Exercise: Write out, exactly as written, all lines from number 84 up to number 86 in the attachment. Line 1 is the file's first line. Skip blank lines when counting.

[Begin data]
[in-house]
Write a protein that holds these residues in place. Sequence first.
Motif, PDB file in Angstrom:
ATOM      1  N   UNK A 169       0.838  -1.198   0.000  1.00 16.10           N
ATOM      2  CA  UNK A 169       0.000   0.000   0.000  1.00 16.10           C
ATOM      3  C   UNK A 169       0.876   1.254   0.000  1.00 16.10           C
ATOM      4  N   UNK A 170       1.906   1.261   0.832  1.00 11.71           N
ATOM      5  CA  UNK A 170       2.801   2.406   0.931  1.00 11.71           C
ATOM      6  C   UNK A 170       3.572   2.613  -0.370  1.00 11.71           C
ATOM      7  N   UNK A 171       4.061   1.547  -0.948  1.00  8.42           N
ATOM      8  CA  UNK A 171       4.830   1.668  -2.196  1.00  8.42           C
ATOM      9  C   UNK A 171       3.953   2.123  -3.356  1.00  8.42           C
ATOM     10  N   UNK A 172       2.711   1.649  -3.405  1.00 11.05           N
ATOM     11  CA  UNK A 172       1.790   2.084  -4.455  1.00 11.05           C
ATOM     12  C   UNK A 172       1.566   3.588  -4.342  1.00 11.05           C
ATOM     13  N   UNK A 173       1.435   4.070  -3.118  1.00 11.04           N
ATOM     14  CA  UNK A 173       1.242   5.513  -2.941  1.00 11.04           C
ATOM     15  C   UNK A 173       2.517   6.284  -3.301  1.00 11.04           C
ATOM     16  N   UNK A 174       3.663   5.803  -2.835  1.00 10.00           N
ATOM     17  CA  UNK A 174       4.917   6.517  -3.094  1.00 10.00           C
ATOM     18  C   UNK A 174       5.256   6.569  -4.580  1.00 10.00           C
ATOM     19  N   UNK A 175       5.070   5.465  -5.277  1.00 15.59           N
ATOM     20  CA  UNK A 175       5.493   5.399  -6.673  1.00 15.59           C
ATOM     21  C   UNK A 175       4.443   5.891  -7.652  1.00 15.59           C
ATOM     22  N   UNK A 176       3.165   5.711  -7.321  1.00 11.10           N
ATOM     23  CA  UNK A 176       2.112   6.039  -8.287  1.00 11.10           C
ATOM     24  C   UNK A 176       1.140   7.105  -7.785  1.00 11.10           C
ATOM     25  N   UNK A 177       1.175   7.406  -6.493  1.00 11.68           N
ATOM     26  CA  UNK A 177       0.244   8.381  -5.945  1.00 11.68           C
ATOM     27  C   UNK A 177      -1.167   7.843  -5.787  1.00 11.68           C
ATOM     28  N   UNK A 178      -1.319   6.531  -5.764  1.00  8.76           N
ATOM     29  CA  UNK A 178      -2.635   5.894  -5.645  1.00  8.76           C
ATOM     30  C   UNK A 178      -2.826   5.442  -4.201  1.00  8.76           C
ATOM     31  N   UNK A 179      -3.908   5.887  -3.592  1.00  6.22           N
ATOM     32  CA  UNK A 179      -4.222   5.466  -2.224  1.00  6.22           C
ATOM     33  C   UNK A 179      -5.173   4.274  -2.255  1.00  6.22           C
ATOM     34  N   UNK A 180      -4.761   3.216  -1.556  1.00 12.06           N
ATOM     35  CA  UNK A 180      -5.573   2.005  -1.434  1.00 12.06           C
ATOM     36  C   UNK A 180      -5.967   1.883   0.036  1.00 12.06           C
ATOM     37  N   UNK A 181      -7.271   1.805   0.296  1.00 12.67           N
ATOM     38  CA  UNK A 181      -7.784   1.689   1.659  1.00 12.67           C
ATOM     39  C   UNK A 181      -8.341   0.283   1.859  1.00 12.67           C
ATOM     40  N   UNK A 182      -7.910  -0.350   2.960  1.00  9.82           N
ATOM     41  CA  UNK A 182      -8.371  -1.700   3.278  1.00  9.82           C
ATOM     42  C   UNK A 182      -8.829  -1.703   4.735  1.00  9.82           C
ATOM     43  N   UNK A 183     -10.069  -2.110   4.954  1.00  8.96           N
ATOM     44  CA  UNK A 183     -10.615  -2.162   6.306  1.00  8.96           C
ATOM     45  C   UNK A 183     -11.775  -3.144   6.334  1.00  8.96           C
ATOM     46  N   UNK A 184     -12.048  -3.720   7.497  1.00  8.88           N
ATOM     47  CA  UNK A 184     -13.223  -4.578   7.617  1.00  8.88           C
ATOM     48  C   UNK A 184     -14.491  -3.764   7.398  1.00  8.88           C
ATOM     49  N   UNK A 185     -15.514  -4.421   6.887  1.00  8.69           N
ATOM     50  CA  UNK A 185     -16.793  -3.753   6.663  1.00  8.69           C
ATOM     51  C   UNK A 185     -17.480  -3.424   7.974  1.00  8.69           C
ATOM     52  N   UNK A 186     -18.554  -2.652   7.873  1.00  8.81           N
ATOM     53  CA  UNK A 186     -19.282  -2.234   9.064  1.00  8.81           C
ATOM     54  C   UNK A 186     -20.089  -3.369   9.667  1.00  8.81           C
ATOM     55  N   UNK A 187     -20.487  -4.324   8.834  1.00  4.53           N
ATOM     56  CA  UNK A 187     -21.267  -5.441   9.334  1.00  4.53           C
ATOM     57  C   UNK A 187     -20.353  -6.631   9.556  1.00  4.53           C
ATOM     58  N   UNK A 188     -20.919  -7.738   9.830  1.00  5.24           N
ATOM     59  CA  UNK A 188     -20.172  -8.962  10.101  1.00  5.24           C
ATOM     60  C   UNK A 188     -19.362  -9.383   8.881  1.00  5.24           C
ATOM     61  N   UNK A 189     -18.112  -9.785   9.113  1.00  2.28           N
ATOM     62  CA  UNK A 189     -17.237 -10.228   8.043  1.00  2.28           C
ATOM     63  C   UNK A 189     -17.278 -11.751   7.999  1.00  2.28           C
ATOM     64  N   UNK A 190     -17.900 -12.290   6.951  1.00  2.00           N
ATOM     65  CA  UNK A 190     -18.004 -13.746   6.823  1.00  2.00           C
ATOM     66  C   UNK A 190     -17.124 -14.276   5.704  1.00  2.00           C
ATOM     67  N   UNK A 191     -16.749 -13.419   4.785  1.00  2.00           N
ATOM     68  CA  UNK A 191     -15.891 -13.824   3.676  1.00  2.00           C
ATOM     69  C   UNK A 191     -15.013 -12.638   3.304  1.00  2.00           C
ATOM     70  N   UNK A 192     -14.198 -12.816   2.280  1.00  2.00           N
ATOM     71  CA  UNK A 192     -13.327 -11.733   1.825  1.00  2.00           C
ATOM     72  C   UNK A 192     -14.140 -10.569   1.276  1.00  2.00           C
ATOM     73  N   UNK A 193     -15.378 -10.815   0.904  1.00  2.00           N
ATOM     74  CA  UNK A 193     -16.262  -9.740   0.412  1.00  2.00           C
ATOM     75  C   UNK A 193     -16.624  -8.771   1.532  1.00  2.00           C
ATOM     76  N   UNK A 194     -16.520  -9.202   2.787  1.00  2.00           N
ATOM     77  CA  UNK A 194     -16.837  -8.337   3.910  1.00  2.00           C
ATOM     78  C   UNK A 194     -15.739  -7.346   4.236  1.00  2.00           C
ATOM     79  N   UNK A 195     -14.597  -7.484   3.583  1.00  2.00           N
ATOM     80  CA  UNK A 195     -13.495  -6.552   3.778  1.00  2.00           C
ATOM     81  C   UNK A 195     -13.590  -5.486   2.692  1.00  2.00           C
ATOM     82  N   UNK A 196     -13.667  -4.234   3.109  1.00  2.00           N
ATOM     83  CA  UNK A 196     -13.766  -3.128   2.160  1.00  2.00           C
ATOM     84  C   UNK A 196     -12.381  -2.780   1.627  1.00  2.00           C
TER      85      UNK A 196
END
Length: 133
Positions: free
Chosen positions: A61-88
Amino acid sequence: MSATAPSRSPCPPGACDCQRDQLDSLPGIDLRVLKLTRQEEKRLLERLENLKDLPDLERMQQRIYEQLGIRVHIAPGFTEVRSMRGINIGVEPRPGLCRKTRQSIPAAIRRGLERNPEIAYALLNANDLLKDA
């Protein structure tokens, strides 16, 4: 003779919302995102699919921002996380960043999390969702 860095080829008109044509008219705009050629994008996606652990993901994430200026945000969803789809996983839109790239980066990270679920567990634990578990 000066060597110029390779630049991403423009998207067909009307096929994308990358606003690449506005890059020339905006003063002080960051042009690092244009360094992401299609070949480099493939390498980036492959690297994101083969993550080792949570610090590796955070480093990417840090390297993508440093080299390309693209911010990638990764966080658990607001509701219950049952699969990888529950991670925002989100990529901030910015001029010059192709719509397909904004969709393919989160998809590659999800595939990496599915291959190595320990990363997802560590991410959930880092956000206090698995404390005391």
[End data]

ATOM     81  C   UNK A 195     -13.590  -5.486   2.692  1.00  2.00           C
ATOM     82  N   UNK A 196     -13.667  -4.234   3.109  1.00  2.00           N
ATOM     83  CA  UNK A 196     -13.766  -3.128   2.160  1.00  2.00           C